It seems every generation debates the authority to interpret or supplement the central law collection in cases of ambiguity. By the end of the Second Temple Period the Law of Moses seems to have been accepted in Judaism, but there were hot debates about supplemental authorities (textual, traditional, and personal). The Sadducees (later the Karaites, in a different way Justinian) rejected any legal obligations not written in the Pentateuch. The Essenes seem to have accepted additional revelations and discovery of hidden meanings, and wrote them down. The Pharisees, who more than any other group became Rabbinic Judaism, maintained the binding authority of the traditions of the elders, later understood as the Oral Torah, received at Sinai along with the Written Torah. They were reluctant to write this down, but eventually did in the Mishnah and Gemarra (Talmud). I see analogous issues everywhere. In Christianity there are debates about the authority of tradition in addition to (or inseparable from) scripture as two streams “flowing from the same divine wellspring.” The idea of the “apostolic deposit” reminds me of the idea of Oral Torah from Sinai. In Modern Judaism the relative authority of the Talmud partially defines the major movements (reform, conservative, orthodox). In American law we supplement statues with court precedent, and often use external authorities to argue about the intent of the framers, courts, or congress.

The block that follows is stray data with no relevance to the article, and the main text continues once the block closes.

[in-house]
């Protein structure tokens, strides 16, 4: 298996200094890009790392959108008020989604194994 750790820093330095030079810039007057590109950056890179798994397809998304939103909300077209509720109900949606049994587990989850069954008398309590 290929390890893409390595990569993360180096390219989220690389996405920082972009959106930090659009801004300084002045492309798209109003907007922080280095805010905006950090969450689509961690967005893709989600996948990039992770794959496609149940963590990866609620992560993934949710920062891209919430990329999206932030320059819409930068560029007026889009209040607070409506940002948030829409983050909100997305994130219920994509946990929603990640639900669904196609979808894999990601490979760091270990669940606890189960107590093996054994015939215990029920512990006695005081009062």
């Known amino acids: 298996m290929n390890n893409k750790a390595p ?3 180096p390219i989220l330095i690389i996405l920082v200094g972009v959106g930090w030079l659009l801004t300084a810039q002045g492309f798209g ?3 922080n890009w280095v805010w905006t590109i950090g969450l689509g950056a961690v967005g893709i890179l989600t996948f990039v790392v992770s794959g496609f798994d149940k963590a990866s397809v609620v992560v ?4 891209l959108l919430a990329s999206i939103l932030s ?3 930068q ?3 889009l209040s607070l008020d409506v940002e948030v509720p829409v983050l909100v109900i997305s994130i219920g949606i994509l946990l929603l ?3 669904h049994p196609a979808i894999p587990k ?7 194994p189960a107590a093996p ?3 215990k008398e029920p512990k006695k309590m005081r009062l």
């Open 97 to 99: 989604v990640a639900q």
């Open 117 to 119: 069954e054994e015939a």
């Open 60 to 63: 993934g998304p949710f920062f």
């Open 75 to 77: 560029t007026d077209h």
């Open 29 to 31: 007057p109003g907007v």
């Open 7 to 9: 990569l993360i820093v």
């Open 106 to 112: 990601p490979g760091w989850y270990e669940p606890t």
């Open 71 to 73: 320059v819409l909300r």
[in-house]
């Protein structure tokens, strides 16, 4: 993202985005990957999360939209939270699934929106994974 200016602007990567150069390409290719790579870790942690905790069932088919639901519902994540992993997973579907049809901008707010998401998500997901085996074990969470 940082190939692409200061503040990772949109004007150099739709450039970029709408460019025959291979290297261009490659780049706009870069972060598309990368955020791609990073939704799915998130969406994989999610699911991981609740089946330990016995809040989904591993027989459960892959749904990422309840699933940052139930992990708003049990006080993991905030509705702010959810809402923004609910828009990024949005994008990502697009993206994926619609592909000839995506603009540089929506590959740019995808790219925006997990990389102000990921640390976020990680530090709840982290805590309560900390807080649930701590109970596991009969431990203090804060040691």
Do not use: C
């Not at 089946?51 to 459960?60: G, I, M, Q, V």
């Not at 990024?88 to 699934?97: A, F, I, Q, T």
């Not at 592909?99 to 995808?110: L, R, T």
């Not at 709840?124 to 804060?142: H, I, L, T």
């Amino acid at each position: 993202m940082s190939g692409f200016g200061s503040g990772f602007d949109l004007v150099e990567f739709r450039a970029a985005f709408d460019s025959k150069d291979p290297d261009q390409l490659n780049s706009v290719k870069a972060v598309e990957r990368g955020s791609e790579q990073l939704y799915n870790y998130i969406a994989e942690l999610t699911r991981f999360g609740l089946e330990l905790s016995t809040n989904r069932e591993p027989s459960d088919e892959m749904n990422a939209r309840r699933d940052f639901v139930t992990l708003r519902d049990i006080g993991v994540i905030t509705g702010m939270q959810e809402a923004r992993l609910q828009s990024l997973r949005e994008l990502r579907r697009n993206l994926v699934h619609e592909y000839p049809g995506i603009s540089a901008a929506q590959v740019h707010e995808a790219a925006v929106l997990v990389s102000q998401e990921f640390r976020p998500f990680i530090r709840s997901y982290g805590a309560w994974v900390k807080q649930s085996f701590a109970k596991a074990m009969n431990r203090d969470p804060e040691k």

Last but not least, Kugel touches on the perennial issue of election, or chosenness, which touches on the balance of universalism and particularism, and the view of international justice. Jewish interpretation often uses the “merit of Abraham” to explain why Israel is the chosen people and not another nation. Christians tend to use the concept of “grace” to answer similar questions. In American political discourse I often hear rhetoric to the effect that America is chosen by God as a shining city on a hill to spread democracy to all creation. If one side of the problem is the explanation of one group’s sense of chosenness, the other side is the status of the unchosen. If God’s laws were given to Israel alone, could foreign nations be judged for violating the law? Kugel offers several answers, the most common of which is that their ancestors (Enoch or Noah) did receive the central laws.

Optional: Greenberg on Kaufmann (PDF)

This tribute by Moshe Greenberg to Yehezkel Kaufmann captures a profound moment in the history of scholarship when Israeli and Jewish academic biblical scholarship started to come into its own in the wake of World War 2. The field had been dominated by German scholars.